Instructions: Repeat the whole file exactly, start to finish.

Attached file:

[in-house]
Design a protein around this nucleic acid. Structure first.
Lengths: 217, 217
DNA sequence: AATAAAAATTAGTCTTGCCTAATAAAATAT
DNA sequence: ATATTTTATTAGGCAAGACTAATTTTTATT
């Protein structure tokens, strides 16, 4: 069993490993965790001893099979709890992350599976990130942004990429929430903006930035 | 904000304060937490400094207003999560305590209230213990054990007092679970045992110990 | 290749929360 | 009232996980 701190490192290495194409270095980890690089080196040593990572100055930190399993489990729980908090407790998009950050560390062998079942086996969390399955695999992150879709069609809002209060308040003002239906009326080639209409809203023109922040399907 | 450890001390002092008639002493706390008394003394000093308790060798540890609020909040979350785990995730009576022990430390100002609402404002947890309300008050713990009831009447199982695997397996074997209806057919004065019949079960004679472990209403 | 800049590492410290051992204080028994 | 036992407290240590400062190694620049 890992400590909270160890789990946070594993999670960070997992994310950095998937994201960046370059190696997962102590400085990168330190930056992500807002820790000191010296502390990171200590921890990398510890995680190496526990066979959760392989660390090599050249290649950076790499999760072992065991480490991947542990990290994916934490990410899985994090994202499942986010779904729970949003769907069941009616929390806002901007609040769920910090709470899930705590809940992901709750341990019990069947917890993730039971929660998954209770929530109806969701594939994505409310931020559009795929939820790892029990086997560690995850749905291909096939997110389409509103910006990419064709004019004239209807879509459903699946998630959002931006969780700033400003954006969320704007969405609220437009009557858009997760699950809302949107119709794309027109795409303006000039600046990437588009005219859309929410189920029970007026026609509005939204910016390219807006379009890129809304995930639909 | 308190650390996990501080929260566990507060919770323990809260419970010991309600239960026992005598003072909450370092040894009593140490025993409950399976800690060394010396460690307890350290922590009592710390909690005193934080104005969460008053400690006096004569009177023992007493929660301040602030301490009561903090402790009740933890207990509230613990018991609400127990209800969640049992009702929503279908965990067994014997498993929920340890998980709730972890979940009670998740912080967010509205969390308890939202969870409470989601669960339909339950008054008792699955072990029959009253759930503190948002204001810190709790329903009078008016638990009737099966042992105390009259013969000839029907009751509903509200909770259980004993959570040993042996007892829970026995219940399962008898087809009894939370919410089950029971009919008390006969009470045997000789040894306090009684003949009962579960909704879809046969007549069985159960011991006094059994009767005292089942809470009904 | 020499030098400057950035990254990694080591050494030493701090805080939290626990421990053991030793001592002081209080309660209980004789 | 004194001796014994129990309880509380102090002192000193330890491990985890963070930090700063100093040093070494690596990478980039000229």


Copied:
[in-house]
Design a protein around this nucleic acid. Structure first.
Lengths: 217, 217
DNA sequence: AATAAAAATTAGTCTTGCCTAATAAAATAT
DNA sequence: ATATTTTATTAGGCAAGACTAATTTTTATT
């Protein structure tokens, strides 16, 4: 069993490993965790001893099979709890992350599976990130942004990429929430903006930035 | 904000304060937490400094207003999560305590209230213990054990007092679970045992110990 | 290749929360 | 009232996980 701190490192290495194409270095980890690089080196040593990572100055930190399993489990729980908090407790998009950050560390062998079942086996969390399955695999992150879709069609809002209060308040003002239906009326080639209409809203023109922040399907 | 450890001390002092008639002493706390008394003394000093308790060798540890609020909040979350785990995730009576022990430390100002609402404002947890309300008050713990009831009447199982695997397996074997209806057919004065019949079960004679472990209403 | 800049590492410290051992204080028994 | 036992407290240590400062190694620049 890992400590909270160890789990946070594993999670960070997992994310950095998937994201960046370059190696997962102590400085990168330190930056992500807002820790000191010296502390990171200590921890990398510890995680190496526990066979959760392989660390090599050249290649950076790499999760072992065991480490991947542990990290994916934490990410899985994090994202499942986010779904729970949003769907069941009616929390806002901007609040769920910090709470899930705590809940992901709750341990019990069947917890993730039971929660998954209770929530109806969701594939994505409310931020559009795929939820790892029990086997560690995850749905291909096939997110389409509103910006990419064709004019004239209807879509459903699946998630959002931006969780700033400003954006969320704007969405609220437009009557858009997760699950809302949107119709794309027109795409303006000039600046990437588009005219859309929410189920029970007026026609509005939204910016390219807006379009890129809304995930639909 | 308190650390996990501080929260566990507060919770323990809260419970010991309600239960026992005598003072909450370092040894009593140490025993409950399976800690060394010396460690307890350290922590009592710390909690005193934080104005969460008053400690006096004569009177023992007493929660301040602030301490009561903090402790009740933890207990509230613990018991609400127990209800969640049992009702929503279908965990067994014997498993929920340890998980709730972890979940009670998740912080967010509205969390308890939202969870409470989601669960339909339950008054008792699955072990029959009253759930503190948002204001810190709790329903009078008016638990009737099966042992105390009259013969000839029907009751509903509200909770259980004993959570040993042996007892829970026995219940399962008898087809009894939370919410089950029971009919008390006969009470045997000789040894306090009684003949009962579960909704879809046969007549069985159960011991006094059994009767005292089942809470009904 | 020499030098400057950035990254990694080591050494030493701090805080939290626990421990053991030793001592002081209080309660209980004789 | 004194001796014994129990309880509380102090002192000193330890491990985890963070930090700063100093040093070494690596990478980039000229």